In Beta has a defined topic (web culture?) but their discussions were pretty wide-ranging and interesting. The format has changed in the last month as one of the duo on this podcast have moved on, so I recommend the older episodes.

The Incomparable sometimes treads the same ground as PCHH -apparently everybody wants to talk about Christmas songs this year! But it is less structured than PCHH. And they do a way better job with show notes. I'm often frustrated by the fact that PCHH talks about lots of interesting stuff but then they don't give me a way to find it later.
posted by jeoc at 6:39 PM on January 9, 2014 [2 favorites]

The K Ohle with Kurt Braunohler is a multi format podcast involving smart comedians talking about various things. Themes include boats (which they know nothing about but pretend to), pets, and psychogeography.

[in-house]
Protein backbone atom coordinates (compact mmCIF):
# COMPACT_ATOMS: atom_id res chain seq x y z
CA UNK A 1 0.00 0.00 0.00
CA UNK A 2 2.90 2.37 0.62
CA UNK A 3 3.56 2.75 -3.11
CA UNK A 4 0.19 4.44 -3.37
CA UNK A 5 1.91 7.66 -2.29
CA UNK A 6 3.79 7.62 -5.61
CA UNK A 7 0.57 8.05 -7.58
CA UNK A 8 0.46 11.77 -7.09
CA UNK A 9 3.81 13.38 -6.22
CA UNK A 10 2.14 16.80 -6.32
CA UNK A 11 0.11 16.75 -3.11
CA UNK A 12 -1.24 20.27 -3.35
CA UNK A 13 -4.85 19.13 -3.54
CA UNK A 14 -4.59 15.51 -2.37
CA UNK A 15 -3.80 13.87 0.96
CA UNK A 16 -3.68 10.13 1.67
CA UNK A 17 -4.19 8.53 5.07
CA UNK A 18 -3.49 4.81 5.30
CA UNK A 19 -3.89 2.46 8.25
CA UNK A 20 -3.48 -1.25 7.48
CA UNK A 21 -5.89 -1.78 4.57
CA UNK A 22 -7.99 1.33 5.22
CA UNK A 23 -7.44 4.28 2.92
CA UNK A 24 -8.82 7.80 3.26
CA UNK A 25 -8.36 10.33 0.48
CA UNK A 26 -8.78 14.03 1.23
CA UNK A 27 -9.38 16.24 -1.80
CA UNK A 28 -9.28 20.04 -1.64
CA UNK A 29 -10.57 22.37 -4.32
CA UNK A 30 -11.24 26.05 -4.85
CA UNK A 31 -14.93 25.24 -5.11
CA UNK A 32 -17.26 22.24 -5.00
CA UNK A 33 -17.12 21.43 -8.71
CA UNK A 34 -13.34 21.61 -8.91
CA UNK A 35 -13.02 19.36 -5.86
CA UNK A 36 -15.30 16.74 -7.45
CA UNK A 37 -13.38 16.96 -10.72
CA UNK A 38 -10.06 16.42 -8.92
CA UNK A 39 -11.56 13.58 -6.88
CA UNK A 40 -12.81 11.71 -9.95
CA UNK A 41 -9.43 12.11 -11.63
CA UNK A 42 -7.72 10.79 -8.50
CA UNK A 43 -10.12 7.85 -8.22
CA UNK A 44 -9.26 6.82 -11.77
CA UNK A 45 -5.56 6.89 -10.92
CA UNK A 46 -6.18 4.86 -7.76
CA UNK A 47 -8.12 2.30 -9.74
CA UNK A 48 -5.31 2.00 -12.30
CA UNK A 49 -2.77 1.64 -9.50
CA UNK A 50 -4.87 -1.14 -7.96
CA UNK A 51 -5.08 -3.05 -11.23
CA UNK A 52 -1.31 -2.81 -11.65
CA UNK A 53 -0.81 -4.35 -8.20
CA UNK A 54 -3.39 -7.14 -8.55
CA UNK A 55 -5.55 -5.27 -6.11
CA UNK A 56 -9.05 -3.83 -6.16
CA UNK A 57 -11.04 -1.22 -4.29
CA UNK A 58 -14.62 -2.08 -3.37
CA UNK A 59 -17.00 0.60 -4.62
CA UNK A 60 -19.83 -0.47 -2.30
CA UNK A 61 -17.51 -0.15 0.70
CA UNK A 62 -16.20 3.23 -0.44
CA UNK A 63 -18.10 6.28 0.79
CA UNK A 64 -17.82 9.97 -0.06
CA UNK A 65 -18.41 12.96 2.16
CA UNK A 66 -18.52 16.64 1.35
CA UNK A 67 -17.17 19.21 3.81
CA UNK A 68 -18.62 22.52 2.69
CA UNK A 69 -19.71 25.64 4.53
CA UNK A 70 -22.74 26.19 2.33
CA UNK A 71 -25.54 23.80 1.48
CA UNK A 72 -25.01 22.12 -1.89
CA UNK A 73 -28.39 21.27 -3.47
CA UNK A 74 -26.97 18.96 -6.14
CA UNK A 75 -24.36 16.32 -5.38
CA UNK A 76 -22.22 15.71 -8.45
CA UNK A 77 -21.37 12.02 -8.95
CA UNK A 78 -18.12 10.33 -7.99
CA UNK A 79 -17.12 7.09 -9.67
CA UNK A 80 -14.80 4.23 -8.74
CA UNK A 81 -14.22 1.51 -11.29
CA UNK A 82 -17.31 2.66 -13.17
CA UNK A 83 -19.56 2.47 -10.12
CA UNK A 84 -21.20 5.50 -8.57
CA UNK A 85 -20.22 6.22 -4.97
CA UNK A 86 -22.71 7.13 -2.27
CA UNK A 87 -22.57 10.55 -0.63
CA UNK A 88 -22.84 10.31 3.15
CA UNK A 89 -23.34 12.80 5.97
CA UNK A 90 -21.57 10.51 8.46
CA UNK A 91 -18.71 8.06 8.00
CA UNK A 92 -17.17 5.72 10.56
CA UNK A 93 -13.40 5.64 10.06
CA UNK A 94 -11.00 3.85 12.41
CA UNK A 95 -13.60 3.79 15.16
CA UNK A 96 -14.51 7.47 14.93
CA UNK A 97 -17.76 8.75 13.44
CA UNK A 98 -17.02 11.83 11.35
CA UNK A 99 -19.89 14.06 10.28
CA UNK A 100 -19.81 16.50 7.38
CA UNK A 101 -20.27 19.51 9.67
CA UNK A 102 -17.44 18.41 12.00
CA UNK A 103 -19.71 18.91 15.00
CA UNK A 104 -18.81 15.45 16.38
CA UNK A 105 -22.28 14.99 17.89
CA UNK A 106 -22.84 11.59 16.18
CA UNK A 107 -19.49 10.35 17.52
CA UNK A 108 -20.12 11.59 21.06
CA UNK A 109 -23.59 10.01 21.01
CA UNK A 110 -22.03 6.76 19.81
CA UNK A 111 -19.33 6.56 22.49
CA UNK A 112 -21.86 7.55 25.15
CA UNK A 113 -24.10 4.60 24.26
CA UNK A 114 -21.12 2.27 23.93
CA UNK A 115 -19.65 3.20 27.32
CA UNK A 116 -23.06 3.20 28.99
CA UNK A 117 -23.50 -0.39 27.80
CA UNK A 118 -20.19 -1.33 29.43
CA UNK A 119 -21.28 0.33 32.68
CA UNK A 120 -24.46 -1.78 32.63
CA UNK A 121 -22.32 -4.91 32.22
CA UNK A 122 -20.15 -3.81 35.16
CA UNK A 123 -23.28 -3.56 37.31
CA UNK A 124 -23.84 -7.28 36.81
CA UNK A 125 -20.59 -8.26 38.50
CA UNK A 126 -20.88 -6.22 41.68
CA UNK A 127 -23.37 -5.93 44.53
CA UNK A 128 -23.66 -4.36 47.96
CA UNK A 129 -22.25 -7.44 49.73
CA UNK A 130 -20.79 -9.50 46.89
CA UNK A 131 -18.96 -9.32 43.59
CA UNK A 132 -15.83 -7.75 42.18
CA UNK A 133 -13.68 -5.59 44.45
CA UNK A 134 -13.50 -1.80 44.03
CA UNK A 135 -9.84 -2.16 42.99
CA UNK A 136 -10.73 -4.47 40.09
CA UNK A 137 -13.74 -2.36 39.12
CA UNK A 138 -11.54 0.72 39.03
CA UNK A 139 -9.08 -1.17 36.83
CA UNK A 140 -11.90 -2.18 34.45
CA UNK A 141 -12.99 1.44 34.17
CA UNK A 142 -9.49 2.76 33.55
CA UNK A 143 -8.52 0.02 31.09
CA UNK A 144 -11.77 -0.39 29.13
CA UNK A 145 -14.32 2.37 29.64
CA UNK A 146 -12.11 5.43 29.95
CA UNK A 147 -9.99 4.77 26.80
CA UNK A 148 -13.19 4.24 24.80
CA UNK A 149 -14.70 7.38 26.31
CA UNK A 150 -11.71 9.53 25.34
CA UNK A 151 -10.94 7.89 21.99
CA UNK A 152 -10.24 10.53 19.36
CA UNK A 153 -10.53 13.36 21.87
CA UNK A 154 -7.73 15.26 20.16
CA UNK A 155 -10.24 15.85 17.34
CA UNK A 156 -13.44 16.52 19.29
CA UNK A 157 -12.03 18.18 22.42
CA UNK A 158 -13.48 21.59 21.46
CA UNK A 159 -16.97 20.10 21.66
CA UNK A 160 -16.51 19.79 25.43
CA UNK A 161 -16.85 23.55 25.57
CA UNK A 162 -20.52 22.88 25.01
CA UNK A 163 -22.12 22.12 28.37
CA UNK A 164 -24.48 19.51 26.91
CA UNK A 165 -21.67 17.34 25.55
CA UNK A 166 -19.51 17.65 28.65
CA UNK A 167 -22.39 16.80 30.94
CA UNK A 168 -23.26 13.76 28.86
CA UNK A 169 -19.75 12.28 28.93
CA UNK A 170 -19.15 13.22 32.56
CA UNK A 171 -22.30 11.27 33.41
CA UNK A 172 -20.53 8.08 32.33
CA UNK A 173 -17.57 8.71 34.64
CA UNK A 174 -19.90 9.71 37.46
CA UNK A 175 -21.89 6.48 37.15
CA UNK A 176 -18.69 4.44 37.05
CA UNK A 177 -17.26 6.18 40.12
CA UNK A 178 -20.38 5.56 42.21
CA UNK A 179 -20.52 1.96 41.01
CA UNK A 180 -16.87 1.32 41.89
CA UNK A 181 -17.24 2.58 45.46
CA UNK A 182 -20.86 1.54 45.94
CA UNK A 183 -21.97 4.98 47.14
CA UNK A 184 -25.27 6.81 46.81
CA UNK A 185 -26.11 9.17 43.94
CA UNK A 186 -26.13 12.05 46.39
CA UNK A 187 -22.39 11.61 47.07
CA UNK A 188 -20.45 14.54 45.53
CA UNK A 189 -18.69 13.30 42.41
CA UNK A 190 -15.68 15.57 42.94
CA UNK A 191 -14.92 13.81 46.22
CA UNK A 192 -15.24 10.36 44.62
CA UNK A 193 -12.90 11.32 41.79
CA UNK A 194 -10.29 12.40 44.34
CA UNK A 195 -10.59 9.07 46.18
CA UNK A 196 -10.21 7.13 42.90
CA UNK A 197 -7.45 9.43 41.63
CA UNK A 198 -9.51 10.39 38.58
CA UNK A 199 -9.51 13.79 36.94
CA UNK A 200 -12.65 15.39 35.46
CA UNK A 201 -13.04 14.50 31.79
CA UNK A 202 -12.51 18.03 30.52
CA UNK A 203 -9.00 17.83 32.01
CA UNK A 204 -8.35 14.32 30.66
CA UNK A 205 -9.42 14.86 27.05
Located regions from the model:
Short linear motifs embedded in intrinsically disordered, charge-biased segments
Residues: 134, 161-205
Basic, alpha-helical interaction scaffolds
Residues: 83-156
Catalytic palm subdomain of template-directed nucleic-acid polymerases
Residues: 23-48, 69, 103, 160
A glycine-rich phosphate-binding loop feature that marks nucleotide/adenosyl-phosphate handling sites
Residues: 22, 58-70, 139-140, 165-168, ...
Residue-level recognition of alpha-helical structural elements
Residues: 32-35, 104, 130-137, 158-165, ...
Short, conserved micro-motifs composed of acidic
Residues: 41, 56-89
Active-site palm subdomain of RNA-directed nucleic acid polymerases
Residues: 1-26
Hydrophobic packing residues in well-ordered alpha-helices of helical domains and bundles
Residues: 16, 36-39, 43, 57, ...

posted by Comet Bug at 6:42 PM on January 9, 2014

Another vote for Roderick on the Line. You might also like Professor Blastoff. It's comedy people talking about a science topic.
posted by O9scar at 7:43 PM on January 9, 2014 [1 favorite]

As soon as I saw the description of this question, I immediately thought of You Look Nice Today. They don't post new episodes that often, but hopefully there's enough backlog to keep you entertained.
posted by destructive cactus at 7:46 PM on January 9, 2014 [2 favorites]

(MetAfilters own) Jordan Jesse Go predates most of these named here and is actually funny as well as conversational. I would link to it, but I am a fancy man with a cane.
posted by Potomac Avenue at 8:38 PM on January 9, 2014 [5 favorites]